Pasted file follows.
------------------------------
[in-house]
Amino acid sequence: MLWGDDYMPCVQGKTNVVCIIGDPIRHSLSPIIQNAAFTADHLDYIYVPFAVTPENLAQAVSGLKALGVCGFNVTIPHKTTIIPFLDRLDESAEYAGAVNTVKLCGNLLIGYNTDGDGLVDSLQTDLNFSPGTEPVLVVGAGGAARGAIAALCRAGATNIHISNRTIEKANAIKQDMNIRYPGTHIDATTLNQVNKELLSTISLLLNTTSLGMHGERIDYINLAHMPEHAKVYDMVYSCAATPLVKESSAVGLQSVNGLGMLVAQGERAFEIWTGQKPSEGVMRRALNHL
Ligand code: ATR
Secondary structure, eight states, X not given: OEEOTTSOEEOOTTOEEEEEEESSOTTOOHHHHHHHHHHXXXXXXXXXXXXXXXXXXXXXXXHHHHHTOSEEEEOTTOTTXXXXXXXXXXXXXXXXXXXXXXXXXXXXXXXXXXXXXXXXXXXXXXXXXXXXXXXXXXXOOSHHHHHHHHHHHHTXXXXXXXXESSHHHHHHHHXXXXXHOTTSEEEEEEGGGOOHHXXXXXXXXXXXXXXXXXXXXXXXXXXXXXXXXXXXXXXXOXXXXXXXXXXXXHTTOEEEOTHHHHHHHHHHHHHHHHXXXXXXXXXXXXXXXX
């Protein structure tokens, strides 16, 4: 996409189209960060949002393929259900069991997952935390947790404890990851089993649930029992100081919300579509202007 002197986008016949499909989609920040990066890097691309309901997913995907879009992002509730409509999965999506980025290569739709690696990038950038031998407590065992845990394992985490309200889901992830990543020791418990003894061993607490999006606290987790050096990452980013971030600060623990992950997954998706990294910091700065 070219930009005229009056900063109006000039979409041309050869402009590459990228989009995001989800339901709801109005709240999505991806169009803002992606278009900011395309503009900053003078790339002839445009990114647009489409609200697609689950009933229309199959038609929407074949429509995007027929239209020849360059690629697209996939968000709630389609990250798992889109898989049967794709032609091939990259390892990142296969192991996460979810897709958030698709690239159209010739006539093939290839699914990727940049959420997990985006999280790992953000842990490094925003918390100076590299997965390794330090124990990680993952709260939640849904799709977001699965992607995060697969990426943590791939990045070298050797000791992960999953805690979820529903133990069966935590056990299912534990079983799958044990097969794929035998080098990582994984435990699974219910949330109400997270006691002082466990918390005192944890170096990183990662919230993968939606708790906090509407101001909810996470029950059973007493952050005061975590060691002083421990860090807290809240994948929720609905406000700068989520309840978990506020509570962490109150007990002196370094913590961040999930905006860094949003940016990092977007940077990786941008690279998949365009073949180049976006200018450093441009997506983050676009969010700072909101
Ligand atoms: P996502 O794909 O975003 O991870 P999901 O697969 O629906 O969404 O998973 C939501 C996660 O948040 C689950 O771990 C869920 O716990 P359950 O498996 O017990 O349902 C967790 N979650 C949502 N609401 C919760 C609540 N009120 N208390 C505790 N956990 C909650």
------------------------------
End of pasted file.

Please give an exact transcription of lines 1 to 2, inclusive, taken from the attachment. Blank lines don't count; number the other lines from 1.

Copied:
[in-house]
Amino acid sequence: MLWGDDYMPCVQGKTNVVCIIGDPIRHSLSPIIQNAAFTADHLDYIYVPFAVTPENLAQAVSGLKALGVCGFNVTIPHKTTIIPFLDRLDESAEYAGAVNTVKLCGNLLIGYNTDGDGLVDSLQTDLNFSPGTEPVLVVGAGGAARGAIAALCRAGATNIHISNRTIEKANAIKQDMNIRYPGTHIDATTLNQVNKELLSTISLLLNTTSLGMHGERIDYINLAHMPEHAKVYDMVYSCAATPLVKESSAVGLQSVNGLGMLVAQGERAFEIWTGQKPSEGVMRRALNHL